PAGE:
When I become President of this Great Nation I'm going to issue an executive order outlawing the use of wallpaper. I hate that stuff. Putting it up or stripping it off, it doesn't matter to me. One task is as onerous as the other.
Remodeling on our ol' house continues as we're finally getting floors down to replace those ruined by the Great Water Heater Flood of '09. Surprisingly, the walls have to be repainted as well and that, of course, creates the opportunity for change. I'm all for change, particularly when someone else has to make it happen and I get to come home and it's done. Unfortunately, it's not completely going to work that way. We're repainting the bathroom, a bedroom, moving my library and painting another half of a bedroom. I'm excited about what the finished product is going to look like, but this is one process I don't enjoy.
Hagy's Photography is continuing to expand and I expect to purchase our first set of studio lights at lunch time today. We're booking into 2009 and are doing well with that. Right now we have a backlog of photos to process between a wedding and engagement shoot and that stack is getting deeper even as we try to cut it down.
The reading and writing, much to my dislike, is taking a backseat to remodeling and photography. We've got a January deadline for getting The Sixth Sword on the shelf, thanks to Uncle Sam calling my coauthor to duty in southern Iraq. It'll be a push to meet that. The writing is done, except for a few tweaks, but the proofing and polishing will take a little time. These next couple of months are filled with holidays and an anniversary and other pressing engagements, so it will have to get squeezed in the cracks somehow.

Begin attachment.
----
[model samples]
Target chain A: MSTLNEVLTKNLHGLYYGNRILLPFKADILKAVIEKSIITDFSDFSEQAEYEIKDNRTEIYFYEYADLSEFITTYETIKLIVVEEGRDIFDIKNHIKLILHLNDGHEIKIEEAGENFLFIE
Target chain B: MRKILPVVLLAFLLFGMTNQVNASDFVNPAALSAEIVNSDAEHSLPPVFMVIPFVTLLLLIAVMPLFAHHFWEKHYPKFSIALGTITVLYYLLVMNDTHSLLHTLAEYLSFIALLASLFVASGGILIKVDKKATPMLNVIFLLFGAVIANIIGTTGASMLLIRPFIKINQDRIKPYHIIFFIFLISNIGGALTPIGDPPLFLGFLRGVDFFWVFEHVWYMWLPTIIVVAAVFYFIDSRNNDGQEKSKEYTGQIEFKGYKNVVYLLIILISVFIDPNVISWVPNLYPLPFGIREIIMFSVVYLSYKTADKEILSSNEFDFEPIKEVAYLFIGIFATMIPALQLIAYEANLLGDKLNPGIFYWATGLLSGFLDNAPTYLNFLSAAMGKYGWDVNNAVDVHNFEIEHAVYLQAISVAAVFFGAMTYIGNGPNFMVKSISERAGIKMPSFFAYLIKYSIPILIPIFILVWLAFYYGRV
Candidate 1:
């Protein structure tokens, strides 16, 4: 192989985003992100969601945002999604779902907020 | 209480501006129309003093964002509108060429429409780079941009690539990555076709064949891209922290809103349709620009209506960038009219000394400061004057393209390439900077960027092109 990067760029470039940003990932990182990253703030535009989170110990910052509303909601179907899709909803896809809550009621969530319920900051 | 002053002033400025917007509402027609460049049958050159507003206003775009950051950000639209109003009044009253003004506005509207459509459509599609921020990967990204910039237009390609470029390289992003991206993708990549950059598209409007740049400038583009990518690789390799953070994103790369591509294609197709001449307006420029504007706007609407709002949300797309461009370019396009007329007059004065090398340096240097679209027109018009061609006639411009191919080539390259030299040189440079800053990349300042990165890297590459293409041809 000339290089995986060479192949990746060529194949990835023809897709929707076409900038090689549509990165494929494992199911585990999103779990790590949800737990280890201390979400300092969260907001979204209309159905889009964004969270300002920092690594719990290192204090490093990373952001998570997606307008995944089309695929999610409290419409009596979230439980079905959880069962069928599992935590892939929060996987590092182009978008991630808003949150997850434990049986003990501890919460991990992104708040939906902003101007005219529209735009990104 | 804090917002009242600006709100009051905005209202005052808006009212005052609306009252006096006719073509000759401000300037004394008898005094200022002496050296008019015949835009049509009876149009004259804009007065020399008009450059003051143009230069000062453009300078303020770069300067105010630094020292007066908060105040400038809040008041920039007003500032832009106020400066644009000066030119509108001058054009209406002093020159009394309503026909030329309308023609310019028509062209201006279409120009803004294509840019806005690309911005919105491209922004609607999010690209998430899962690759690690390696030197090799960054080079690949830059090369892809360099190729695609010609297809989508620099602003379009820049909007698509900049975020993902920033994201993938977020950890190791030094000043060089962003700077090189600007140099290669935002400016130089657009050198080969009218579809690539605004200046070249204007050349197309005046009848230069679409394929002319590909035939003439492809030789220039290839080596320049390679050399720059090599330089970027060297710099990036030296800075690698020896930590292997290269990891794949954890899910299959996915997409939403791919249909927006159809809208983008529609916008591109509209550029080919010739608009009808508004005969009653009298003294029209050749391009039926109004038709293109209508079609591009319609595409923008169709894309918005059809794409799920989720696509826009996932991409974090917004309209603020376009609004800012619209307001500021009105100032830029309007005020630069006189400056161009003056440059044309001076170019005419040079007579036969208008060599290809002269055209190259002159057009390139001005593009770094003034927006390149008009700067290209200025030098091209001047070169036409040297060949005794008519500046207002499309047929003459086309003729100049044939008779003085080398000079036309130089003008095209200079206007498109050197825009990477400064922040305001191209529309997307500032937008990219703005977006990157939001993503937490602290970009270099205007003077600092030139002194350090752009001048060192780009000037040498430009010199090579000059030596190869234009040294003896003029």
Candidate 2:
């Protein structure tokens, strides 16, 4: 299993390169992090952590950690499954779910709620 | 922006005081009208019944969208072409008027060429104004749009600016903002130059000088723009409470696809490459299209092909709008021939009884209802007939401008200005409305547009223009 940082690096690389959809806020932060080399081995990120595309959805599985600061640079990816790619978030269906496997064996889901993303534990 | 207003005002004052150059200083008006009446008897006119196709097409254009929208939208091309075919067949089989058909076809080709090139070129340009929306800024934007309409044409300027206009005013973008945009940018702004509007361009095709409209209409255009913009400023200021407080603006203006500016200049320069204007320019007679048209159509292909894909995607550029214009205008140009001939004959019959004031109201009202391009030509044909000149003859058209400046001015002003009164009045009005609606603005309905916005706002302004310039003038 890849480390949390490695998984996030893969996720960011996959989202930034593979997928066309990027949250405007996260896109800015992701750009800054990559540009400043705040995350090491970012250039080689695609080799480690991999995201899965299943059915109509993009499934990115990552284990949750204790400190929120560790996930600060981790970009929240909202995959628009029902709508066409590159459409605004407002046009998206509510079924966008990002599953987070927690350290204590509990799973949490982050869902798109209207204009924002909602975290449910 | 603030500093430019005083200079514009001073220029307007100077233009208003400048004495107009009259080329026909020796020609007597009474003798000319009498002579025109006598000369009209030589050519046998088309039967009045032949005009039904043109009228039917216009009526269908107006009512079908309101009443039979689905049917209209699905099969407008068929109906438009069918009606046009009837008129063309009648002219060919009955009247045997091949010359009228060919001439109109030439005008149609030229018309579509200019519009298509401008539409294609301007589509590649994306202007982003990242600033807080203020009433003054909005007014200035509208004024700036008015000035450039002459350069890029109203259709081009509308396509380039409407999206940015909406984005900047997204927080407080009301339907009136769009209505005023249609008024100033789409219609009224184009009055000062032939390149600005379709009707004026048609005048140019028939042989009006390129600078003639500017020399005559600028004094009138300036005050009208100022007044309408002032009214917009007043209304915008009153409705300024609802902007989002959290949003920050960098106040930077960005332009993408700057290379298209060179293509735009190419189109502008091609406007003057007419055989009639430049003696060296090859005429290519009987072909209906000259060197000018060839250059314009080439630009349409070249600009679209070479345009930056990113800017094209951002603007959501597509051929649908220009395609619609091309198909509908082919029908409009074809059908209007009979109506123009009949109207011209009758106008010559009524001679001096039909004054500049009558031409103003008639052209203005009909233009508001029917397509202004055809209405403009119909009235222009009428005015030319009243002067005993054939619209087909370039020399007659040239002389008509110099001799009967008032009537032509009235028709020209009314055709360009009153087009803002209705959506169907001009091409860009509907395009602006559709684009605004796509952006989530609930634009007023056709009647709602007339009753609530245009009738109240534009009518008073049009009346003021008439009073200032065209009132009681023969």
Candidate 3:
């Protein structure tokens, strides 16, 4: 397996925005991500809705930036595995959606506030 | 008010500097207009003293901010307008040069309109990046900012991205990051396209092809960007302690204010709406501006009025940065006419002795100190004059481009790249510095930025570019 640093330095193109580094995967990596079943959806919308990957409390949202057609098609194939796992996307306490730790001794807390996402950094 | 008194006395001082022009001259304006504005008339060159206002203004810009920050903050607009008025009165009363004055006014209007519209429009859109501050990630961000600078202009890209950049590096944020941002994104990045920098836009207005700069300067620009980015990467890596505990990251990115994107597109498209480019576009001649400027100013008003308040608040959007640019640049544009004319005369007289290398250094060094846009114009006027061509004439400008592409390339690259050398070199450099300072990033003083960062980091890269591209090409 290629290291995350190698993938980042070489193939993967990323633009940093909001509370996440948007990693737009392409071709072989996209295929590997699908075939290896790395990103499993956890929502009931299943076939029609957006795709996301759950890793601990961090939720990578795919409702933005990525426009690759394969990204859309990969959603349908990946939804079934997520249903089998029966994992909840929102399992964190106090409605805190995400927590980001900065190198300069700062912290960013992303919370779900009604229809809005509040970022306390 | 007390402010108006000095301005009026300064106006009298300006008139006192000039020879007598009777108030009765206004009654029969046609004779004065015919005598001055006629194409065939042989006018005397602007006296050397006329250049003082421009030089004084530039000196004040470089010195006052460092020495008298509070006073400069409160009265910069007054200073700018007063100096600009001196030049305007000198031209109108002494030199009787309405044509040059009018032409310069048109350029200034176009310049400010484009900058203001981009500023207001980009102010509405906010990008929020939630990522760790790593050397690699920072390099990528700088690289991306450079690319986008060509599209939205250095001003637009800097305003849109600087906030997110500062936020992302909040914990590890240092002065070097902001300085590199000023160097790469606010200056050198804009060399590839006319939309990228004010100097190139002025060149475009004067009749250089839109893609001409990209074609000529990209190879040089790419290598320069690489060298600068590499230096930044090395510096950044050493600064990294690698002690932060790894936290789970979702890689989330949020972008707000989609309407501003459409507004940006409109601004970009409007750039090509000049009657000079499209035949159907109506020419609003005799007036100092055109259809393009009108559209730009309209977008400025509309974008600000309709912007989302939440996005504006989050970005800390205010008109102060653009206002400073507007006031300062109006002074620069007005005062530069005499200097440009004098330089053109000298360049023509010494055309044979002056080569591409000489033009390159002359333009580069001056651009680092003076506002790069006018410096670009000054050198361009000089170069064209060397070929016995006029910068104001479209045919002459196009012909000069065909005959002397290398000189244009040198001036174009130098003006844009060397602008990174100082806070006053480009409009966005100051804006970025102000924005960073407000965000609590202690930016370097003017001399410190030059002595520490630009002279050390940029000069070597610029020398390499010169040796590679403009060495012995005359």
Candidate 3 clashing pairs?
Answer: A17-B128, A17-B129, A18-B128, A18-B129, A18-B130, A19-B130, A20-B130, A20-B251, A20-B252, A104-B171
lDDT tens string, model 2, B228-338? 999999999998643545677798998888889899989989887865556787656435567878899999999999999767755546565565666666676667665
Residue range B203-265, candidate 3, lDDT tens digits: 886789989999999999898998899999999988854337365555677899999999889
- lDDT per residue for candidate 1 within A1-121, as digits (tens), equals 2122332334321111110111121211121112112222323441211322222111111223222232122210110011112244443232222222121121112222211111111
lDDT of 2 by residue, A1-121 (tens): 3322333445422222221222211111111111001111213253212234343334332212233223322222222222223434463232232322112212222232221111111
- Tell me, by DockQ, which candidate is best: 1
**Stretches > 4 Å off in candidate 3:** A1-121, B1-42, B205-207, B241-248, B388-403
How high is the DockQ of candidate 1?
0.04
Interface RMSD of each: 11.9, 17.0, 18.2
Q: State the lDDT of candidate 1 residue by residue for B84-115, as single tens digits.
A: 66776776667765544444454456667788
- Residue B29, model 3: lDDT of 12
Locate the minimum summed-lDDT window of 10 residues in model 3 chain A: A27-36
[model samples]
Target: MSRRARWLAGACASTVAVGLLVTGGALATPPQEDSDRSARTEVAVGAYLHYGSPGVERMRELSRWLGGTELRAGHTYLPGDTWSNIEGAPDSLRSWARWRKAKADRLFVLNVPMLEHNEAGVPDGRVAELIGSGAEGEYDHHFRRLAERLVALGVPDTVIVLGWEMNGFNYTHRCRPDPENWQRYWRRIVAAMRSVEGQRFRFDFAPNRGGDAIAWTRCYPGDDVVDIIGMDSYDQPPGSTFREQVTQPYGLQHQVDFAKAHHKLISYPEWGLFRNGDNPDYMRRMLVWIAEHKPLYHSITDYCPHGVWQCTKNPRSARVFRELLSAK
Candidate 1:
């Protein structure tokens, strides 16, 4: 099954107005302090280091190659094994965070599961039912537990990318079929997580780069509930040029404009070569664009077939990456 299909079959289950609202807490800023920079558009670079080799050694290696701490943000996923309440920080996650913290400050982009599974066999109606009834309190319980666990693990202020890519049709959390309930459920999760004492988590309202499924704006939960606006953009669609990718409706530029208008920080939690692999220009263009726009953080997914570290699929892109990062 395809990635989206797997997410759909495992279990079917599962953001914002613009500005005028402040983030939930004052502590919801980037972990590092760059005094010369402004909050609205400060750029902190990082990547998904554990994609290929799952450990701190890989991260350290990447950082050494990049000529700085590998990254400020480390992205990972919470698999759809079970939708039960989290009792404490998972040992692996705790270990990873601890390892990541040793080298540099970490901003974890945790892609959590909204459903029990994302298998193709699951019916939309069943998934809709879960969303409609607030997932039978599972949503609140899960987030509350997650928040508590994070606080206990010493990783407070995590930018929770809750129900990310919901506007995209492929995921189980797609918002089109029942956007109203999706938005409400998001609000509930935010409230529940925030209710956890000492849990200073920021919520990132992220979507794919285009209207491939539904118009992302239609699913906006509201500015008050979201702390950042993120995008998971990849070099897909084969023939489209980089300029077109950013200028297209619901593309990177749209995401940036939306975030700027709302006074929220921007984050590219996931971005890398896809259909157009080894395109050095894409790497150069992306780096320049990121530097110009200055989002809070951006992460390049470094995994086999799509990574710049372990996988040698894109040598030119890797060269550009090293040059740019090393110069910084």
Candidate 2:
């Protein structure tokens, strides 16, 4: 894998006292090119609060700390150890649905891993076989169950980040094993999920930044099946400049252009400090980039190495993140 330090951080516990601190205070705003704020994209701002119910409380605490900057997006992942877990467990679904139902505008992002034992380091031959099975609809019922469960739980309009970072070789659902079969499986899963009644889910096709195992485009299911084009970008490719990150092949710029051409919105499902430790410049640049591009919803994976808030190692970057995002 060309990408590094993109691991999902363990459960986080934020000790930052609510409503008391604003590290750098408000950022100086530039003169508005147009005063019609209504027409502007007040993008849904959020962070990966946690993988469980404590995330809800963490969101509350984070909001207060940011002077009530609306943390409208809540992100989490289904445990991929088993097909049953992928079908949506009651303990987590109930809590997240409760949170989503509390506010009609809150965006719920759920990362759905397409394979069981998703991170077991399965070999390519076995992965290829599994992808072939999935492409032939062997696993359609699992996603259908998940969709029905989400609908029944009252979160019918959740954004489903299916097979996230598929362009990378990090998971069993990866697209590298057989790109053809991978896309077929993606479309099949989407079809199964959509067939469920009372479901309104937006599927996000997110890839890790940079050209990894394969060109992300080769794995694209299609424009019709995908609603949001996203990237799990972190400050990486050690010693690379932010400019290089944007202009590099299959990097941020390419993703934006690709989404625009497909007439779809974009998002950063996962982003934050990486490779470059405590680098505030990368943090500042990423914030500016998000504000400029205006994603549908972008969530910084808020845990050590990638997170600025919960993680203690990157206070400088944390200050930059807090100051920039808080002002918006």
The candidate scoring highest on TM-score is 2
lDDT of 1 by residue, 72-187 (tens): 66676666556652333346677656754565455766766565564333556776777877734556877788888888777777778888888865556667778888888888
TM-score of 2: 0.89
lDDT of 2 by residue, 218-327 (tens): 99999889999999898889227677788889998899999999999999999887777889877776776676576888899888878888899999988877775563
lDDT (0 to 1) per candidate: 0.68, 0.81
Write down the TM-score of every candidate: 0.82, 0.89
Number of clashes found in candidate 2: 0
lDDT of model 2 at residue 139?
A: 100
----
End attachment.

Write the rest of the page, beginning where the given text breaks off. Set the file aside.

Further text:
Fortunately, I was able to spend some time in the Great Outdoors before all of this broke loose and I'm still able to post images from last Friday's trip. I spent a lot of my early photography career trying to make motion blurs. When I started, I didn't even know what you called them or how to do them, but I wanted to. When I finally learned enough to purchase that priceless ND400 filter I was able to start making the images I wanted. Once I learned the trick to it, I then ran around to every moving body of water I could find and started shooting ripples and rapids just to see what they would look like without any attempt at composing anything artistic. It left me with only one real wall-hanger of a shot from those days and it can still be found on Outdoor Photographer's web site.
The photo you see above is a bit of a throwback to those days. I shot it because I liked the background of the solid rock of the base of the cliff against the foreground of the rocks in the river. When I first saw it on the big screen, it didn't make me overjoyed with wonder until I saw the tail streaming toward me. I kept the photo because of it. When you're standing there, all you can see is the barest hint of a ripple arcing out toward you. There are no rocks jutting up from the bottom to create any white water along that arc. Needless to say, I was pleasantly surprised at finding that "tail" so prominently displayed in this long exposure photograph. I held on to it for that reason alone.
It just goes to show that you never know what you may see when you frame the world with a camera.